Golden Balls was a game show that was stud poker, the National Lottery, and the prisoner's dilemma all combined into one.
At the back of the studio was lottery-like machine called the "Golden Bank." Inside were 100 golden balls (hence the name of the show). Each ball had a money amount inside it. The money amounts ranged from £10 to £75,000. Twelve balls were randomly drawn from the machine and put into a mixer. There were four "Killer" balls mixed with them. The sixteen balls were split equally among the four contestants. The contestants would each place two balls, each on their front and back rows, without looking inside them. Everyone could see each other's front-row balls, while the back-row balls were only visible to the contestants who had them.
Each contestant looked at their own back-row balls and announced their contents. Depending on how they see fit, they could either tell the truth, or lie. They would then discuss who they thought was lying, trying to decide which one of them had the worst set of balls, in either terms having lowest amount of money and/or the most Killer balls. The contestants then voted on which of them should leave the game. The contestant with the most votes would be eliminated, and their balls were lost (this was known as being "binned"). In the event of a tie, the contestants had to discuss further and try to reach a consensus. Whoever they decided on was eliminated. If they still disagreed with each other, they were each given one more ball. One of them was a Killer ball, while the rest were empty; the contestant who was given the Killer ball would be eliminated.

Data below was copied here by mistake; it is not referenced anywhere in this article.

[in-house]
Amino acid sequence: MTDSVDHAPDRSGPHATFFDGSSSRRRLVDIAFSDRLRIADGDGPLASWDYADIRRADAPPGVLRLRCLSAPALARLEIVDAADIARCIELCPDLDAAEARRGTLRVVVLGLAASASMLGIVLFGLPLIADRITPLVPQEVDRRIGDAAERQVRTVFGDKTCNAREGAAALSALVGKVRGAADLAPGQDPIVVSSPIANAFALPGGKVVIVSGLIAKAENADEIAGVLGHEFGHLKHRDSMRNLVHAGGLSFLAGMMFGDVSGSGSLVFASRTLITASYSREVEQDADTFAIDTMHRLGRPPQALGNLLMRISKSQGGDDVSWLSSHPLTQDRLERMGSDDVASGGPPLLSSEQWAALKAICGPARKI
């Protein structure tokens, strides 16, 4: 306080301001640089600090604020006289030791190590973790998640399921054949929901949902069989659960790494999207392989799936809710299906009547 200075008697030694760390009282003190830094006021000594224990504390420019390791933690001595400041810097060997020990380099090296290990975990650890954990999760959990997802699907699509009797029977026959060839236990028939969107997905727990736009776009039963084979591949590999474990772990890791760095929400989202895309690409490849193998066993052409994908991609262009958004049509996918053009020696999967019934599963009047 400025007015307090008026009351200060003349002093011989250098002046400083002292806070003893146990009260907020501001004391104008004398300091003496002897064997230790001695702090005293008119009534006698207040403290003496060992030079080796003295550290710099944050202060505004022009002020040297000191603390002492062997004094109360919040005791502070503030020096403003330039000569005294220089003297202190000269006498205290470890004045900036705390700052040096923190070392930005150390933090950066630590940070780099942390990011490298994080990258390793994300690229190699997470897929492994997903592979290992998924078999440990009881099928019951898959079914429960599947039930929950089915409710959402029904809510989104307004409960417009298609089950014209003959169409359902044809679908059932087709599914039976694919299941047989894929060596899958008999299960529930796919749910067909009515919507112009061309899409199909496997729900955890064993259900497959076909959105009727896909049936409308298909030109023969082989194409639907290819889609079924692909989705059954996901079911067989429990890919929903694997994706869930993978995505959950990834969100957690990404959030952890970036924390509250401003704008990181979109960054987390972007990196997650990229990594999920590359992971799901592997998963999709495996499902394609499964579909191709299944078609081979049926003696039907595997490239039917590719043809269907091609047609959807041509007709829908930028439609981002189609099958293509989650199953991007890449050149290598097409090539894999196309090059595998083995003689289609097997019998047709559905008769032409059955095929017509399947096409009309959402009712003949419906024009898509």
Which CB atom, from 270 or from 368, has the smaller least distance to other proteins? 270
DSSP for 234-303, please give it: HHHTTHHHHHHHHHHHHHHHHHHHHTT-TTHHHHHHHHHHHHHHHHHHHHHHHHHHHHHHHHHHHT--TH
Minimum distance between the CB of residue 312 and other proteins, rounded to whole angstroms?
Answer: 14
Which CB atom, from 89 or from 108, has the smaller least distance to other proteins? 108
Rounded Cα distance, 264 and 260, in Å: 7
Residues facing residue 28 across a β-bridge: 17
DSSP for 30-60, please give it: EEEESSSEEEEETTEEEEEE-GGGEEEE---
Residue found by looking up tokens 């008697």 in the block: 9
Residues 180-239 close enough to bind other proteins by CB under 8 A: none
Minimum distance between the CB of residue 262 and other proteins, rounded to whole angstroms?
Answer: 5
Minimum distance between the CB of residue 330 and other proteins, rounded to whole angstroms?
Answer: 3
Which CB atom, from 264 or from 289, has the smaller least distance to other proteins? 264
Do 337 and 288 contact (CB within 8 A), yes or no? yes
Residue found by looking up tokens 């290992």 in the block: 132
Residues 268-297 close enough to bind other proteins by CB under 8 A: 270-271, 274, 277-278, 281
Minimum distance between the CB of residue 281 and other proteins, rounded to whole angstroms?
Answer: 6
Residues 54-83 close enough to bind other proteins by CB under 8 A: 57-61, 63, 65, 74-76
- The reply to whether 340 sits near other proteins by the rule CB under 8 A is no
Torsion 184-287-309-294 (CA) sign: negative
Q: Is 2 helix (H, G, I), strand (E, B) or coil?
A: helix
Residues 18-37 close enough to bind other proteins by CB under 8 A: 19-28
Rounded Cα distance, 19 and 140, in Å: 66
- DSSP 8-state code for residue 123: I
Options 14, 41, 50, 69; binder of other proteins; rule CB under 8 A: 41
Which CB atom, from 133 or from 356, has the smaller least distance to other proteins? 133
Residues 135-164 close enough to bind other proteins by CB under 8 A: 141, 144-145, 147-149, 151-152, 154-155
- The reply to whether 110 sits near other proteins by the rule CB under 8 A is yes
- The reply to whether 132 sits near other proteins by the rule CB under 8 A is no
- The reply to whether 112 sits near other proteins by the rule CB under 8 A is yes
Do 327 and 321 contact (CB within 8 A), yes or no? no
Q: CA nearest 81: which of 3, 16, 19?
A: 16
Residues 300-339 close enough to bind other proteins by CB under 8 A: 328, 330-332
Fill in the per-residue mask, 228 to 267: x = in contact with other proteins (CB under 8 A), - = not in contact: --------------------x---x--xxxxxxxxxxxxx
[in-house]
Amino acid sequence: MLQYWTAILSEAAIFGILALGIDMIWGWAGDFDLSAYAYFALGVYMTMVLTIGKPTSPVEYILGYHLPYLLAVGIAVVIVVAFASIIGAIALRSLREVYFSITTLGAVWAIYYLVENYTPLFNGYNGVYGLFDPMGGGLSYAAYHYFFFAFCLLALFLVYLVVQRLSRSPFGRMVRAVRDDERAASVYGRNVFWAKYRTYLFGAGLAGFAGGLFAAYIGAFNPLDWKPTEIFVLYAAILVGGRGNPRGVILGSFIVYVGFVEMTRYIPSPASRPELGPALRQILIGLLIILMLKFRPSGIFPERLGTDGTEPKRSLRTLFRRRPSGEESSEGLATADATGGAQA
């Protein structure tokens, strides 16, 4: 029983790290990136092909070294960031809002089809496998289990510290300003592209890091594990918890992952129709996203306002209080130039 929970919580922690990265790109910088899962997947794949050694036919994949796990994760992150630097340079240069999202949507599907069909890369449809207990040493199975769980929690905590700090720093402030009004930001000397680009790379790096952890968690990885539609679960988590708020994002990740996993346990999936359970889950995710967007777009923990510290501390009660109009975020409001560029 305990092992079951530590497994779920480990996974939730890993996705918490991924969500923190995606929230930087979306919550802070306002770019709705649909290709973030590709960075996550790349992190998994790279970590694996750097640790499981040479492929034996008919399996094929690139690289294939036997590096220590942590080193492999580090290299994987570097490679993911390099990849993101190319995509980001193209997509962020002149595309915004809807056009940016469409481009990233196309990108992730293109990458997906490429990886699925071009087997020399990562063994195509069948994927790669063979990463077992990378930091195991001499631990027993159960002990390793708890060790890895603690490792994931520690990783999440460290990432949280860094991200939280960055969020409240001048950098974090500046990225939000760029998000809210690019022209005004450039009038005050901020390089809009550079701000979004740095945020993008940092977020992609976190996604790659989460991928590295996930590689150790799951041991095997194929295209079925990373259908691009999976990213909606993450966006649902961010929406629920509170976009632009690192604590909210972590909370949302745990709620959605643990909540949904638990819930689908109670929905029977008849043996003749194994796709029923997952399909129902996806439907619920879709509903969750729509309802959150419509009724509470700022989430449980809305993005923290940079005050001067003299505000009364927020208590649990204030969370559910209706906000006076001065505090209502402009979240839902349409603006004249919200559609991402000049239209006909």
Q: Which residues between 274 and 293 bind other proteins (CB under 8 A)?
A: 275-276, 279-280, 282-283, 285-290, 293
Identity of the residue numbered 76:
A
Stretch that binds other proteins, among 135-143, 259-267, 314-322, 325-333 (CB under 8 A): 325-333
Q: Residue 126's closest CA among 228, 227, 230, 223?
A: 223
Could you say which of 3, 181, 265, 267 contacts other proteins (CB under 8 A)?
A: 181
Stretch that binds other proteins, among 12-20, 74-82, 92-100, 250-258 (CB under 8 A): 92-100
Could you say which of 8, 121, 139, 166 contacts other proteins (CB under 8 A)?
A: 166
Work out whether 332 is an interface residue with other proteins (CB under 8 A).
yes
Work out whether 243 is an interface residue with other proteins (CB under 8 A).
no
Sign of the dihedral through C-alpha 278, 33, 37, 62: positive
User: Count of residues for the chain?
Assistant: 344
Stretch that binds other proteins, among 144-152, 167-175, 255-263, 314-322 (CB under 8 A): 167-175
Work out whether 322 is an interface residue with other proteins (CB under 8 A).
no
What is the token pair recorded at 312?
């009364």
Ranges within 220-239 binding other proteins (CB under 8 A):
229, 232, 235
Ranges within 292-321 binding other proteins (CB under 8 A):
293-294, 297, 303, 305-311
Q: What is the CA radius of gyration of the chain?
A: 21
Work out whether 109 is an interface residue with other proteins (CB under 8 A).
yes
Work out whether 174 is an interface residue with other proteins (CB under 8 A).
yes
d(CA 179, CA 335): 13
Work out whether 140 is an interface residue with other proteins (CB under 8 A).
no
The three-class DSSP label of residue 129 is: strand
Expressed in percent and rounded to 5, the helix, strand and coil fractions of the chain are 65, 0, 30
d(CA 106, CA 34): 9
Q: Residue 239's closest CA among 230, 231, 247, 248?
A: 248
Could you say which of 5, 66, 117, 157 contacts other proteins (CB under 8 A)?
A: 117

At the end of the round, the contestants would reveal the contents of their back-row balls.
The remaining contestants' balls (tiebreaker balls don't count) would be closed and put back into the mixer, two more cash balls were drawn from the Golden Bank, and one more Killer ball was added, for a total of fifteen balls. Then they would play in a manner similar to the first round, except the contestants were each given five balls, two on the front row, and three on the back.
Bin or Win?Edit
The remaining two contestants' balls would be put back into the mixer, and one more Killer ball was added, for a total of eleven balls. After being mixed, the balls were placed on a table, with the contestants seated on opposite sides. The contestants would take turns choosing one ball to eliminate (known as "binning") and one to add to the jackpot (known as "winning"). Each ball chosen had to be opened to reveal it's contents. If a contestant won a cash ball, it's value was added to the jackpot; if they won a Killer ball, however, the jackpot at that point was divided by ten, though if they won a Killer ball before their first cash ball, it would have no effect. Once five balls were won, the round was over.
Split or Steal?Edit
Each contestant was given two balls, one was marked with the word "Split" and the other was marked with the word "Steal." Afterwards they would each choose one ball to indicate their intentions. They were allowed to speak to each other and ask Carrott for advice before they made a decision.
Just like the prisoner's dilemma, there were three possible outcomes:
- If both contestants chose Split, they would divide the jackpot equally.
- If one of the contestants chose Split, and the other Steal, the contestant who chose the latter won the entire jackpot while the contestant who chose the former won nothing.
- If both contestants chose Steal, they both went home with nothing.
Amy v. Andy v. Dawn v. Peter
Kathryn v. Mark v. Natalie v. Dave
Jon v. Abbie v. Rob v. Angela
Emma v. Hugh v. Helen v. Owen
Leanne v. Jeff v. Belinda v. Darren
Cassie v. Gavin v. Teri v. Richard
Tim v. Angela v. Yvonne v. Phil
Geoff v. Linsey v. Tim v. Kate
Bernie v. Natelie v. Bill v. Neena
James v. Sarah v. Brendan v. Emma
Derek v. Oly v. Alison v. Eileen
Maria v. Jamie v. Sharon v. Mike
Russell v. Kimberly v. Darren v. Jackie
Guy v. Mhairi v. Paul v. Sarah
Christina v. Andrew v. Kieth v. Emma
Greg v. Julie v. Darren v. Carol